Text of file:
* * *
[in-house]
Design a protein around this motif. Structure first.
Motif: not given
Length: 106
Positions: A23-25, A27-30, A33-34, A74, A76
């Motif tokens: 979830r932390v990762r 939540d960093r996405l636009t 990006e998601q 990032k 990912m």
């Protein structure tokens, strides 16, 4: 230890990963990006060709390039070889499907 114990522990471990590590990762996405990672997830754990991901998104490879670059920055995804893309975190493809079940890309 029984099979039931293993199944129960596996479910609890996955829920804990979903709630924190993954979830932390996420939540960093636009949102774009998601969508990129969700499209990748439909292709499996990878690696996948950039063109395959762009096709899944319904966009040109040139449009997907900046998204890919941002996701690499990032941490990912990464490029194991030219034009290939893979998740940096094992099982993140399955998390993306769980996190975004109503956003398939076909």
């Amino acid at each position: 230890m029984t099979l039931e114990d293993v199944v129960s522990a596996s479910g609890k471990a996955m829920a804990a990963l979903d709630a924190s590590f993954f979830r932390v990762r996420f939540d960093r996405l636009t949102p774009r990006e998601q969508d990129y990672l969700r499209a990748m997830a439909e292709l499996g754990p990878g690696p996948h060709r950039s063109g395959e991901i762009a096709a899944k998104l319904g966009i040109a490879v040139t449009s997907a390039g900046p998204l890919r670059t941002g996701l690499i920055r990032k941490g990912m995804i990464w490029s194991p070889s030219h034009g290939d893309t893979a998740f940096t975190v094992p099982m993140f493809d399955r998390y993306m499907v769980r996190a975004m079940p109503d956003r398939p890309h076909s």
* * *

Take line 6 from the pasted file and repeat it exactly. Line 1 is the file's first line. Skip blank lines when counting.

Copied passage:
């Motif tokens: 979830r932390v990762r 939540d960093r996405l636009t 990006e998601q 990032k 990912m």